Topography: The area is morphologically characterized by hills that predominate over low-lying plateaus. The major reliefs are in the northern part of the district and constitute the main ridge of the watershed of the Ombrone and Osa-Albegna basins. The prevailing average of the altitude is 250 meters s.l.m., limiting itself in some marginal areas of the lower areas to 30 – 40 meters. The maximum altitude is 566 meters s.l.m. From Poggioferro to Scansano the position of the land, down towards the Tyrrhenian coast, apart from the relief of Montebottigli, it becomes less and less uneven and tormented until it ends with low hills or slightly undulating plains.
Soil: The soils are loamy or frank-sandy in the western part derived from the boulder, where the reaction is generally subacid to alkaline, while they are loam-loam-loam texture in the eastern part derived from the limestone formations where the reaction tends to be alkaline. The soils are generally not very deep, with a rocky substrate in various cases surfacing. Simone Castelli told me (4 June 2019) that Manciano, being near Pitigliano, had tufaceous soils of volcanic origin. Grosseto has arenaceous rocks, and some alluvialdeposits. Roccalbegna has rocky, stony, clay alkaline soils. Magliano has sand and clay.
Viticulture: Vine density | 4,000 vines per hectare minimum. | Yields 9 tonnes per hectare with a yield per vine not exceeding 3 kg.
Vineyard area and wine production by vintage: 1998 370 hectares (914 acres) of vines produced 3.5 million bottles. | 2002 1,000 hectares (2,470 acres). This is the maximum size for the denomination. No more planting rights were to be authorised. 10 million bottles produced. 165 members of the consorzio of which 25 bottle wine. | 2006 From 2006 wines must be fermented and bottled in the DOC zone. | 2007 From the 2007 vintage Morellino di Scansano became a DOCG. | 2011 A hot vintage with no rain. | 2012 A very hot vintage with little or no rain. | 2013 A very good year potentially. | 2014 Light wines due to cool weather and rain. | 2017 1,500 hectares of vineyard registered in Morellino, 346 producers, production of 8 to 10 million bottles, 75% of which is sold in Italy, the remaining 25% abroad, especially in Germany and the United States (Source: Wine News, June 2017).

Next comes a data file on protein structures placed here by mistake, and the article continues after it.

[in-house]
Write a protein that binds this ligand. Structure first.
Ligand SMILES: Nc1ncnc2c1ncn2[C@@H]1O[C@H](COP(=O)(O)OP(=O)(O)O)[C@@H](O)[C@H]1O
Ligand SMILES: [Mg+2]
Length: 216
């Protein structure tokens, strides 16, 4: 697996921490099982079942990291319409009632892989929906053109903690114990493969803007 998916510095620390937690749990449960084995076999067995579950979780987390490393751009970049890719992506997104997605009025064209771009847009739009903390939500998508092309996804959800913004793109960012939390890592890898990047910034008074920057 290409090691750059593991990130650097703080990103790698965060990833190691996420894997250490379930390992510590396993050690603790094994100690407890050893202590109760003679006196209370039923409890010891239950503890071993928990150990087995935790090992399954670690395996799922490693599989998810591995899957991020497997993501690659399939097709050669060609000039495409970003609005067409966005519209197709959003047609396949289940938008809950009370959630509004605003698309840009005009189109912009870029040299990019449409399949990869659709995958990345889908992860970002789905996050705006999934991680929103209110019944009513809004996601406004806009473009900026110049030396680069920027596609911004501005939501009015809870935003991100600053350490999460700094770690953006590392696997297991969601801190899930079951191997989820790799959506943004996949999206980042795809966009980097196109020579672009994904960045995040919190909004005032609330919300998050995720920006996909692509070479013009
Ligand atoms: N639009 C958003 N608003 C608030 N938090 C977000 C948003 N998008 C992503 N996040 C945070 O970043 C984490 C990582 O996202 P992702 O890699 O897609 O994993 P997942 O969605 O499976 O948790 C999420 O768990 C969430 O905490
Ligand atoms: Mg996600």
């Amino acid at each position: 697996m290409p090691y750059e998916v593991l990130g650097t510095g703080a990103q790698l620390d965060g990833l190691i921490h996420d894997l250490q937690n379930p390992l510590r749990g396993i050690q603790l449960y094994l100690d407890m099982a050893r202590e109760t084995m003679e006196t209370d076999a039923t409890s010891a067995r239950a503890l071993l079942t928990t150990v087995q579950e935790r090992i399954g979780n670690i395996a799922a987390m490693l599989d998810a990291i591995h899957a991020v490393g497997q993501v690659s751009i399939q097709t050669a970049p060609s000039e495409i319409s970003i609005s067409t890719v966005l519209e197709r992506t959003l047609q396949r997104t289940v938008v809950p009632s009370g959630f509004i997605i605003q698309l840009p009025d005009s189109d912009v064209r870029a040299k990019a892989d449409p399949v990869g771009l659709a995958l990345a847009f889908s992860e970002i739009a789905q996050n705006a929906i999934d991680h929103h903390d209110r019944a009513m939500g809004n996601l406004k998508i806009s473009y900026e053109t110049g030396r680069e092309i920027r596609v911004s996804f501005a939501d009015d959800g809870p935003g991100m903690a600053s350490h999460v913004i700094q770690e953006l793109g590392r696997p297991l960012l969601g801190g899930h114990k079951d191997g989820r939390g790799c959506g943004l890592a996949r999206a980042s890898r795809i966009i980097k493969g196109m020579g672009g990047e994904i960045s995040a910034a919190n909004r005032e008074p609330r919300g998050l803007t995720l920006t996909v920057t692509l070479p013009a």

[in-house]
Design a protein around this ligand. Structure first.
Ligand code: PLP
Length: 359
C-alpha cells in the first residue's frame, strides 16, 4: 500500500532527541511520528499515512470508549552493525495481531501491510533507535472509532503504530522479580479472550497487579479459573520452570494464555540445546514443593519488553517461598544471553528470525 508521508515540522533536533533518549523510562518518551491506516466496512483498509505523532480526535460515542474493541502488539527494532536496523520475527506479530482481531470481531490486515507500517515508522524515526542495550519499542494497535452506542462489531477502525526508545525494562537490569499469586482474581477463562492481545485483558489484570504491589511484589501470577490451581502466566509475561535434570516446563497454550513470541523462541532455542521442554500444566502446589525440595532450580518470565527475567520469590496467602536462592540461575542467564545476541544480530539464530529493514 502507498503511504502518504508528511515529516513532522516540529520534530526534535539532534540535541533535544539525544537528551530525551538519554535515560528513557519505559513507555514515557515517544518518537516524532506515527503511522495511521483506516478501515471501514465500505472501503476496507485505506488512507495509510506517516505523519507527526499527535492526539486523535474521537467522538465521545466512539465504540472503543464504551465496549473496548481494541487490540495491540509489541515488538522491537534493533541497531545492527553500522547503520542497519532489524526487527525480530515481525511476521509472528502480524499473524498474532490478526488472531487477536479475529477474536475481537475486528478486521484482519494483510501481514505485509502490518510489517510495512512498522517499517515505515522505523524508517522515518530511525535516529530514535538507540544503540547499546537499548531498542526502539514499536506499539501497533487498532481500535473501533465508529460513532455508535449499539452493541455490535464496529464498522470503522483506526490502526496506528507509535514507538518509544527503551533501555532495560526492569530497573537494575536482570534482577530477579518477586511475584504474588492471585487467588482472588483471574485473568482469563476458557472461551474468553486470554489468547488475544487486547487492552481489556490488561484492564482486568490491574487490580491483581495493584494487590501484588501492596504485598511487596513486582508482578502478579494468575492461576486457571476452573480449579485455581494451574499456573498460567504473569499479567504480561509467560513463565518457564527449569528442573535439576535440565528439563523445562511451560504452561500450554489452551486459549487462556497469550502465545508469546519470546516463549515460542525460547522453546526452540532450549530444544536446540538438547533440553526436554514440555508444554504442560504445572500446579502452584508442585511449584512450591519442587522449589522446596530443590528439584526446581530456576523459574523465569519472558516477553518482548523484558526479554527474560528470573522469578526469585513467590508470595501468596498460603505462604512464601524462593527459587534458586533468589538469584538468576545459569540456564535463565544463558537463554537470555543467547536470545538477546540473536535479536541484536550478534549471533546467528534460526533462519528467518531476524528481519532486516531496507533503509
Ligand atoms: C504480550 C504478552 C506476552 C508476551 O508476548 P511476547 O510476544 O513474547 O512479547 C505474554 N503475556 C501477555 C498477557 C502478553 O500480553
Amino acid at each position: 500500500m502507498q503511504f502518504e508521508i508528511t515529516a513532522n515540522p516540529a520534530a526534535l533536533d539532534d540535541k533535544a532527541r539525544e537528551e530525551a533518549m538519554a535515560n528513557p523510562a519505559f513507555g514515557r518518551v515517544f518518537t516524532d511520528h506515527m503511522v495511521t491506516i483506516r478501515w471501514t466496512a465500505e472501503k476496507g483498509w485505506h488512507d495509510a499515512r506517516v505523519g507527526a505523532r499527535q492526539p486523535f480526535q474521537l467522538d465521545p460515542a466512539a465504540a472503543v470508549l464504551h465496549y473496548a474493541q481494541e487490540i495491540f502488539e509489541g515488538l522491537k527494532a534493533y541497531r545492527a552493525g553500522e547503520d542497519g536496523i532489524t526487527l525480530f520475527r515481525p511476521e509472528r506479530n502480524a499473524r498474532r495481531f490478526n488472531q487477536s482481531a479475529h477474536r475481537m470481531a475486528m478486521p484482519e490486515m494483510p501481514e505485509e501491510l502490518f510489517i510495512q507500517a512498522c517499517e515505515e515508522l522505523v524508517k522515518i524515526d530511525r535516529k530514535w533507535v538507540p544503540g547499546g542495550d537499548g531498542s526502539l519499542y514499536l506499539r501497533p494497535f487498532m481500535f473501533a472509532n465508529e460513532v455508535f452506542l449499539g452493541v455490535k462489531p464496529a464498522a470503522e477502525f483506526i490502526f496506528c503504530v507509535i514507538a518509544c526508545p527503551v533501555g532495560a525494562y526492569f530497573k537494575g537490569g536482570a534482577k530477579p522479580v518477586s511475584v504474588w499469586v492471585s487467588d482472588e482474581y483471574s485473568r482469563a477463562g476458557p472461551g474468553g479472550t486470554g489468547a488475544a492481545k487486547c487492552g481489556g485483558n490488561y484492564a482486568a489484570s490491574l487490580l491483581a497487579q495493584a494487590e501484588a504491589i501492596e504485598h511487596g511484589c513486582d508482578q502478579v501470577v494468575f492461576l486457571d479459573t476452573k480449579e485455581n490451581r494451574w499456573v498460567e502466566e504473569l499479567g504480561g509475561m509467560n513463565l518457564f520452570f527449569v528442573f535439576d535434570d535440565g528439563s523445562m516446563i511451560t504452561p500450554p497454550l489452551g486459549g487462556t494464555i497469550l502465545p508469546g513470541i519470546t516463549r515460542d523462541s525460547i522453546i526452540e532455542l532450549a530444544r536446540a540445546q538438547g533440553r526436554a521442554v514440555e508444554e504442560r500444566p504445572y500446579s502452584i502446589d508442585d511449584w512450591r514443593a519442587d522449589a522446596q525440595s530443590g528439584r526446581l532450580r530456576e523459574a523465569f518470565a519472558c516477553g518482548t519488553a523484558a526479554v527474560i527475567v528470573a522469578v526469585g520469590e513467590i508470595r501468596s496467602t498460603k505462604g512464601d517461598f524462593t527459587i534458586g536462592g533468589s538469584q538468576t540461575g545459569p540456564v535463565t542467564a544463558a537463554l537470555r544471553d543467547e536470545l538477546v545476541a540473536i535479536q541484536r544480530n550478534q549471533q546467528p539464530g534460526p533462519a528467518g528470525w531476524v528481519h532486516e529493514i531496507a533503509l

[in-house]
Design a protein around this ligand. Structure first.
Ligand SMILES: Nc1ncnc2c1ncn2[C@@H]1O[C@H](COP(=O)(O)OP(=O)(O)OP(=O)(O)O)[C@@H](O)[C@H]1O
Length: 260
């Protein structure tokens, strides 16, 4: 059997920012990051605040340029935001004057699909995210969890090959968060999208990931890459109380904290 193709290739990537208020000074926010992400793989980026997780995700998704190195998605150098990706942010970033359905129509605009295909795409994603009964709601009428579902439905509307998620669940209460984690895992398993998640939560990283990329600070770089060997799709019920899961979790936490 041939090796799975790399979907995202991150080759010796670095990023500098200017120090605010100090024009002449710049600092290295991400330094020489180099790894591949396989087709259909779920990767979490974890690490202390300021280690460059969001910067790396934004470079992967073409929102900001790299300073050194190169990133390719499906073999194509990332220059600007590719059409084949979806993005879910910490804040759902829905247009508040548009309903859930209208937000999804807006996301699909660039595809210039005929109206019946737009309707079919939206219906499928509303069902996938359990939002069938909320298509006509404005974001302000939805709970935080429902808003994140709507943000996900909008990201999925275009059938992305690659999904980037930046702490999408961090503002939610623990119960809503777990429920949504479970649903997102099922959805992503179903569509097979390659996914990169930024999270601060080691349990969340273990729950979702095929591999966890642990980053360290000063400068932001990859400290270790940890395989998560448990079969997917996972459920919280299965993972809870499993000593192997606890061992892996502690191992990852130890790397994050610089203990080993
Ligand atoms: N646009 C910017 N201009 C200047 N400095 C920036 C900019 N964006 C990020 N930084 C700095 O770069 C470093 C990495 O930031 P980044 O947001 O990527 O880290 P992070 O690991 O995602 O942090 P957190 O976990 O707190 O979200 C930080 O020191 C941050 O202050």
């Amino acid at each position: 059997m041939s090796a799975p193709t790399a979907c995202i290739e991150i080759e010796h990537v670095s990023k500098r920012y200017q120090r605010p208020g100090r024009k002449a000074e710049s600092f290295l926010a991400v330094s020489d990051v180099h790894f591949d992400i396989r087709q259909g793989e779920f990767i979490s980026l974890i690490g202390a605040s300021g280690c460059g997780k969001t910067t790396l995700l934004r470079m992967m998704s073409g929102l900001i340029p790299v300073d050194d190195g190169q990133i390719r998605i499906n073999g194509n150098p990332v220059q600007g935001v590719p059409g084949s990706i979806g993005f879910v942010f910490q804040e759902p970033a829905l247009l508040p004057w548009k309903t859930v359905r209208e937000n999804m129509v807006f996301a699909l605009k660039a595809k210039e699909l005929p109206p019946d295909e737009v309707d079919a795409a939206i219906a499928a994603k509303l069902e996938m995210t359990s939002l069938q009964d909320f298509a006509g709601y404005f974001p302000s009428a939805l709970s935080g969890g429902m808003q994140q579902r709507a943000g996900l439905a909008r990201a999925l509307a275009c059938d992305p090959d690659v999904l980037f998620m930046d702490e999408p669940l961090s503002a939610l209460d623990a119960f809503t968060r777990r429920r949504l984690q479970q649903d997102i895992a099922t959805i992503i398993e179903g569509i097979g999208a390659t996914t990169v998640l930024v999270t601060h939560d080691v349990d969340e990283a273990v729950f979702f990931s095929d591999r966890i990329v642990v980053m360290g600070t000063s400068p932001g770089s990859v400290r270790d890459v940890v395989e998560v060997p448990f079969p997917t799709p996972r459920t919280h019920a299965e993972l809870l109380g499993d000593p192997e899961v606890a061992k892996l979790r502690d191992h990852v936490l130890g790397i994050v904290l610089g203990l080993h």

In my report for the 2014 Decanter World Wine Awards (for which I was Tuscany Chair) I wrote that most Morellino di Scansano vineyards belong to big houses from Chianti Classico, Montalcino and San Gimignano. They claim they do not treat Morellino as an afterthought – so why does this Sangiovese-based Mediterranean red so obviously lack a clear identity?’
‘The wines tend to be broad, spicy and muscular, with a punchy directness of fruit…for fairly early drinking,’ says David Gleave MW (1991). ‘The wines, traditionally agreeable gluggers, are becoming more serious under DOCG, not necessarily to their advantage,’ (Oz Clarke 2015, p176). Simone Castelli of the Podere 414 winery told me (04th June 2019) that the Sangiovese or ‘Morellino’ here ‘has soft tannins by its nature, and is not a long lived wine. With climate change there is now more luminosity, sunlight radiating off the sea. We also get very hot winds and the afternoon sun is very hot and intense. Merlot and Pinot Noir find this especially difficult. Blending partners for Morellino are changing. The 15% of non-Sangiovese grapes permitted in the blend now favour less Pinot Noir and Merlot, and more the likes of Petit Verdot, Syrah, Alicante (Grenache) and Carignan whose harder skins can give that bit of extra colour and are better blending partners for Sangiovese now. We use the leaves to protect the grapes from sunburn during the afternoon. We get grapes with harder skins, and with more colour. We can also go for slightly higher yields to compensate for smaller berries. In the winery larger oak vessels such as tonneaux and botti work best. Avoiding wood with a very tight grain also makes sense,’ he said.
Other permitted grape | Complementary grape varieties suitable for the production of Morellino di Scansano are as follows: Abrusco N. Alicante Bouschet N. Alicante N. Ancellotta N. Barbera N. Barsaglina N. Bonamico N. Bracciola Nera N. Cabernet Franc N. Cabernet Sauvignon N. Calabrese N. Calorie N. Canaiolo Nero N. Canina Nera N. Carignano N. Carmenere N. Cesanese D’Affile N. Ciliegiolo N. Colombana Nera. Colorino N. Foglia Tonda N. Gamay N. Groppello di Santo Stefano N. Groppello Gentile N. Lambrusco Maestri N. Malbech N. Malvasia N. Malvasia Nera di Brindisi N. Malvasia Nera di Lecce N. Mammolo N. Mazzese N. Merlot N. Mondeuse N. Montepulciano N. Petit verdot N. Pinot Nero N. Pollera Nera N. Prugnolo Gentile. Pugnitello N. Rebo N. Refosco dal Peduncolo rosso N. Sagrantino N. Sanforte N. Schiava Gentile N. Syrah N. Tempranillo N. Teroldego N. Vermentino Nero N.
NB: Grenache Noir is also called ‘Alicante Toscano’ or ‘Tinta d’Espagna’ in Scansano, recalling the time when the Spanish were at nearby Monte Argentario.
No certification: Aia della Macina. | Antonio Camillo. | Castello di Montepò. | Castello Romitorio. | Doga delle Clavule. | Erik Banti. | Fattoria Le Pupille. | Fattoria Querciarossa. |Lohsa. | Mantellassi. | Poggio Argentiera. | Poggio Bronzone. | Querciarossa. | Rendola. | Tenuta Belguardo. | Terre di Talamo.
,’ (Hugh Johnson: Wine Companion: 1991, p.98).